- Edlie Masters, 83, died after Hurcomb Chemists gave him the wrong drug
- The grandfather-of-eight had ordered paracetamol for his sore foot
- But he was given Verapamil, a drug used to treat high blood pressure
- Died as a result of mix between drug and medication he took for kidneys
- Birmingham Coroners Court recorded a verdict of accidental death
A grandfather-of-eight died after a pharmacy gave him the wrong prescription, an inquest heard.
Edlie Masters, 83, from Birmingham, ordered paracetamol to numb pain caused by an ulcer on his feet but was given another patients’ prescription.
Assistant coroner Heidi Connor recorded a verdict of accidental death and asked Hurcomb Chemists to put policies in place to stop it happening again.
The grandfather-of-eight Edlie Masters, 83, died after being given the wrong prescription, an inquest heard
Mr Masters (pictured bottom right) pictured with his family who said they were ‘devastated’ by his death
The inquest at Birmingham Coroners Court heard Mr Masters died after taking Verapamil, a drug which is used to treat high blood pressure.
Pharmacist Matthew Hurcomb delivered the drugs to Mr Masters’ home after he placed a telephone order for the painkillers along with his prescription for a pre-existing kidney condition.
The usual delivery driver for Hurcomb Chemists took the prescription to Mr Masters’ home on August 13 but there was no answer so he returned to the pharmacy.
Later that night, Mr Hurcomb took the prescription to the house himself on his way home from work.
But he picked up the wrong prescription by mistake and instead of paracetamol, delivered Verapamil to the Birmingham grandfather.
Mr Masters then took the tablets without looking at the packaging, the inquest heard.
Mr Masters was given Verapamil, a drug which is used to treat high blood pressure, instead of paracetamol
When Mr Hurcomb realised his mistake he drove back to Mr Masters’ home in Winson Green, Birmingham and reassured him the drug would have no adverse effect.
But hours later Mr Masters woke up complaining of a shortness of breath and was rushed to Birmingham City Hospital.
When paramedics tried to find out what drugs Mr Masters had taken, the pharmacy had no idea because Mr Hurcomb had failed to log the mistake.
The grandfather-of-eight died of multiple organ failure five days later on August 18.
Birmingham Coroners Court heard the retired lorry driver died as a result of the ‘interaction’ between the Verapamil and medication he took for his kidney condition.
His family said they felt ‘let down’ by Hurcomb Chemists which hand-delivered the wrong drug to Mr Masters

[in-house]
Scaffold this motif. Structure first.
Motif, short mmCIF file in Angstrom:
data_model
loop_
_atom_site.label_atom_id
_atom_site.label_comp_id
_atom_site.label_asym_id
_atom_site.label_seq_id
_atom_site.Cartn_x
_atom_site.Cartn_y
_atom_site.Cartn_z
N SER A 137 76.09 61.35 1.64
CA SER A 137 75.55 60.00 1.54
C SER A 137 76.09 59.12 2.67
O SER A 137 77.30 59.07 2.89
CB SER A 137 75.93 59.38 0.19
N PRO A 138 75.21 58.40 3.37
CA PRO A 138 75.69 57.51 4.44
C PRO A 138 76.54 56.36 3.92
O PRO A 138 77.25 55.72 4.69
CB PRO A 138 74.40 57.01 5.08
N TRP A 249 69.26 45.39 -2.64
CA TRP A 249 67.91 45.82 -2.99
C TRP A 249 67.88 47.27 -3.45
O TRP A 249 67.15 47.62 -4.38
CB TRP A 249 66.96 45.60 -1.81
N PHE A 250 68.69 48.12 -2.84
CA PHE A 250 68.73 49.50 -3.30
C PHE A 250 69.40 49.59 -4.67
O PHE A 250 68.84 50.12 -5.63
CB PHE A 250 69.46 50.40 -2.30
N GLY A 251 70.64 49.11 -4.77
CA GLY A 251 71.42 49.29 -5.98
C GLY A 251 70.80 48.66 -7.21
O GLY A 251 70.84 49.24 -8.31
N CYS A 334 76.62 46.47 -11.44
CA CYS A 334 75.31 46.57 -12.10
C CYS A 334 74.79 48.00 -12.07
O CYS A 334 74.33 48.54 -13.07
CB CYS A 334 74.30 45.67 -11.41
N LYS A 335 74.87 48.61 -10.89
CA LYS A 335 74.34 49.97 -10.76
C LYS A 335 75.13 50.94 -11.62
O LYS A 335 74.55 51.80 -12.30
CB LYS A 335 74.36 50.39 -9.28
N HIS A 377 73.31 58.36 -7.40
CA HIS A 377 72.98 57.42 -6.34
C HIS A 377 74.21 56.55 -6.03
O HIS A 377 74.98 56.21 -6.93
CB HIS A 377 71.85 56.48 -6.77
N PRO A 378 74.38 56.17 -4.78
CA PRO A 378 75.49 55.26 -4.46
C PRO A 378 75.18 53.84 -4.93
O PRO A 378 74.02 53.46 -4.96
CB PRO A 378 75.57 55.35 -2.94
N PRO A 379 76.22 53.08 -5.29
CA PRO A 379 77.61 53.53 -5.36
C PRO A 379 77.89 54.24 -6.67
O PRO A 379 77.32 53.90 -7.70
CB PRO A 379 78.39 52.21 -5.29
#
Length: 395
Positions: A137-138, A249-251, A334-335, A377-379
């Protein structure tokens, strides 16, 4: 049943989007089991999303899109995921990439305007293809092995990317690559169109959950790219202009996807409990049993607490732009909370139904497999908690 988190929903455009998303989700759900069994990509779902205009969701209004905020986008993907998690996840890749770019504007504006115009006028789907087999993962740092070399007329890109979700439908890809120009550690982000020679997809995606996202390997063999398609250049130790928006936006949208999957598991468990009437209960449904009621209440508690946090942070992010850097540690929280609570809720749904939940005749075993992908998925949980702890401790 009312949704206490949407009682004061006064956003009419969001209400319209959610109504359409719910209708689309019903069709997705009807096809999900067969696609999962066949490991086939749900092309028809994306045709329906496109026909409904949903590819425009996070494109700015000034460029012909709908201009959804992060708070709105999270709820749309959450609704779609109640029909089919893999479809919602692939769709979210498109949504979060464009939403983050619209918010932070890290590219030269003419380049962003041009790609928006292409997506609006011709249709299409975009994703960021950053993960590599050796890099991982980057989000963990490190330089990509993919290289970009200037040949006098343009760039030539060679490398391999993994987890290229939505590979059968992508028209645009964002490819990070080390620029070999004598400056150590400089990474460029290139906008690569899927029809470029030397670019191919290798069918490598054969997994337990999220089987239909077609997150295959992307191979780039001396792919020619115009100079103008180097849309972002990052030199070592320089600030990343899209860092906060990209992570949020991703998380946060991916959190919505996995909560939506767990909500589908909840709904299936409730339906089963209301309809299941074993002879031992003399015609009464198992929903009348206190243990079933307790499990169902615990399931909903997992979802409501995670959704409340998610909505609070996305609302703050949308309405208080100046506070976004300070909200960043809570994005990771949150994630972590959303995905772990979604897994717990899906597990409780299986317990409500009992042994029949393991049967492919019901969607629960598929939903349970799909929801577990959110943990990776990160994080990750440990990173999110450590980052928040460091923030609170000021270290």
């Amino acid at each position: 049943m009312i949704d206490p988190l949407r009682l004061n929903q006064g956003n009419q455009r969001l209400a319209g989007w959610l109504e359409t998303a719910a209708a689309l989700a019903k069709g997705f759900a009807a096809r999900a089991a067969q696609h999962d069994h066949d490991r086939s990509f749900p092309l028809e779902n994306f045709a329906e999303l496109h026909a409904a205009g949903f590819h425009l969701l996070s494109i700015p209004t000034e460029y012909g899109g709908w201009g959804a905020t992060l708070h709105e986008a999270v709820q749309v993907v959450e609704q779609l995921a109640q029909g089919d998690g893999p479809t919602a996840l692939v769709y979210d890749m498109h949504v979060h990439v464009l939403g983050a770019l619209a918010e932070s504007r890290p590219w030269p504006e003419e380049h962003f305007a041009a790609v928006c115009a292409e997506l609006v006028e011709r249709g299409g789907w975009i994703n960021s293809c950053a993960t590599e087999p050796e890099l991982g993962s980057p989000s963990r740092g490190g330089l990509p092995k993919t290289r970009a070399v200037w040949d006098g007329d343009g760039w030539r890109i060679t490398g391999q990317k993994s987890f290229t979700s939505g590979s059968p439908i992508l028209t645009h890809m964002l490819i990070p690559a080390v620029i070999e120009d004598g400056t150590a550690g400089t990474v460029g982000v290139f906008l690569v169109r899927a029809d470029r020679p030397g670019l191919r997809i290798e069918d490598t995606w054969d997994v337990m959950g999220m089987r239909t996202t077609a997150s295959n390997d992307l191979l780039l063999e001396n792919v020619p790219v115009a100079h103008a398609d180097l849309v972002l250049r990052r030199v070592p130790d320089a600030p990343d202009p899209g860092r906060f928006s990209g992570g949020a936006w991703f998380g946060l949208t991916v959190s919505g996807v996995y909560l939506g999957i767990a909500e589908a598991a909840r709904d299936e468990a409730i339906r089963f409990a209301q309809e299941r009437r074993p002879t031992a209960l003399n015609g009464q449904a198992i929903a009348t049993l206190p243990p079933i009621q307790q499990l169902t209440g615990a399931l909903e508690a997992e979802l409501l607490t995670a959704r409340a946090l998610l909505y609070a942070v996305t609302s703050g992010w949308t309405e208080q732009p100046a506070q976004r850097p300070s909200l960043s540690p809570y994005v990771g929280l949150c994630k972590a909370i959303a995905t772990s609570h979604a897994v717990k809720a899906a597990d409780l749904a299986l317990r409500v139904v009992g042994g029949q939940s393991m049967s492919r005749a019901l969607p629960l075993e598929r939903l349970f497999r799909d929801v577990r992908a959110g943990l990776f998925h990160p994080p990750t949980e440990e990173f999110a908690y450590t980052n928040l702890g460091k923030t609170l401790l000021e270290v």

Today, the family of Mr Masters said they felt ‘let down’ by the pharmacy.
His son Leon Masters said: ‘He (Matthew Hurcomb) basically took it upon himself to think “well I am a doctor, I will make a decision” which is where the government are saying pharmacies can make a decision to say what patients can and can’t have.
‘We are devastated by the loss of our father and grandfather in such tragic and avoidable circumstances.
‘Watching him deteriorate in hospital was horrendous and his death has and continues to have a tremendous impact on us as a family.’
Granddaughter Chantelle Masters added: ‘It was devastating when we found out what had happened.
‘It was just a basic procedure which should have been followed and it wasn’t.’
Phil Barnes, a lawyer from Shoosmiths Access Legal who is representing the family, said: ‘There is no excuse for failing to check that the correct medication is given to the right patient because doing so can result in a tragedy such as this.
‘Mr Masters’ death was avoidable and highlights the importance of following basic medical practices and procedures.’
His family said the death of Mr Masters ‘continues to have a tremendous impact on us as a family’
Coroner Heidi Connor recorded an accidental death verdict at Birmingham Coroners Court (pictured)
Dr Anthony Cox, a lecturer in Clinical Pharmacy at the University of Birmingham, said: ‘There are procedures within pharmacies when giving out medicines to patients or delivering them to check the name and address is correct and those are really important procedures.
‘However obviously occasionally there are errors with medication.
‘This particular type of mistake I would hope would not be too common. Pharmacists are taught early about the importance of getting the right drugs to the right patients at the right time.
‘It’s a procedure that is in place at all pharmacies. In this case it is extremely damaging to trust.
‘All professions are working together to try and reduce the rate of medication errors.
‘There are systems where we can try and learn and then feedback to practitioners to make sure that these types of errors never happen again.’
Mr Hurcomb has since referred himself to the General Pharmaceutical Council but refused to comment about the incident.
The comments below have not been moderated.
The views expressed in the contents above are those of our users and do not necessarily reflect the views of MailOnline.
Find out now
Source Article from http://www.dailymail.co.uk/news/article-2854140/Pensioner-died-bungling-pharmacist-gave-wrong-drug-went-house-reassure-realising-mistake.html?ITO=1490&ns_mchannel=rss&ns_campaign=1490
Edlie Masters dead after bungling Birmingham pharmacist gave him wrong drug
pharmacist – Yahoo News Search Results
pharmacist – Yahoo News Search Results